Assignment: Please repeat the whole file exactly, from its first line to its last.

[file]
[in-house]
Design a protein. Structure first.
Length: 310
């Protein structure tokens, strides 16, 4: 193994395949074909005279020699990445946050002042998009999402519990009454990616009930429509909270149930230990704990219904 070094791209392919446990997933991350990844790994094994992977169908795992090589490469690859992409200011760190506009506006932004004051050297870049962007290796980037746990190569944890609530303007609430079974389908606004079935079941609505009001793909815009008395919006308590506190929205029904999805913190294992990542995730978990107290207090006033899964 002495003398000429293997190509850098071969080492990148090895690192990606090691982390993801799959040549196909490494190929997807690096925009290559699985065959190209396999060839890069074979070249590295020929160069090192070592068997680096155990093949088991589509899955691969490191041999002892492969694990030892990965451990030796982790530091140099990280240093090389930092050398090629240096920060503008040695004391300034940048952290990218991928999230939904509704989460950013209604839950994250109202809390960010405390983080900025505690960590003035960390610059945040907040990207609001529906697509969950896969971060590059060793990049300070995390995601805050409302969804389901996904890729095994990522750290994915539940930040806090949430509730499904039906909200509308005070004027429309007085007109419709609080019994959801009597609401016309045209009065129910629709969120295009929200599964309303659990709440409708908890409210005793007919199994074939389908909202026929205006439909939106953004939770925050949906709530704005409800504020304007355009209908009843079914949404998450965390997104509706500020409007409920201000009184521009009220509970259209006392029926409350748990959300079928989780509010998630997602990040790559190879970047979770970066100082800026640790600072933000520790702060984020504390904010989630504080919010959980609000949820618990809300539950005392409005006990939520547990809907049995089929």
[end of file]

[in-house]
Design a protein. Structure first.
Length: 310
């Protein structure tokens, strides 16, 4: 193994395949074909005279020699990445946050002042998009999402519990009454990616009930429509909270149930230990704990219904 070094791209392919446990997933991350990844790994094994992977169908795992090589490469690859992409200011760190506009506006932004004051050297870049962007290796980037746990190569944890609530303007609430079974389908606004079935079941609505009001793909815009008395919006308590506190929205029904999805913190294992990542995730978990107290207090006033899964 002495003398000429293997190509850098071969080492990148090895690192990606090691982390993801799959040549196909490494190929997807690096925009290559699985065959190209396999060839890069074979070249590295020929160069090192070592068997680096155990093949088991589509899955691969490191041999002892492969694990030892990965451990030796982790530091140099990280240093090389930092050398090629240096920060503008040695004391300034940048952290990218991928999230939904509704989460950013209604839950994250109202809390960010405390983080900025505690960590003035960390610059945040907040990207609001529906697509969950896969971060590059060793990049300070995390995601805050409302969804389901996904890729095994990522750290994915539940930040806090949430509730499904039906909200509308005070004027429309007085007109419709609080019994959801009597609401016309045209009065129910629709969120295009929200599964309303659990709440409708908890409210005793007919199994074939389908909202026929205006439909939106953004939770925050949906709530704005409800504020304007355009209908009843079914949404998450965390997104509706500020409007409920201000009184521009009220509970259209006392029926409350748990959300079928989780509010998630997602990040790559190879970047979770970066100082800026640790600072933000520790702060984020504390904010989630504080919010959980609000949820618990809300539950005392409005006990939520547990809907049995089929």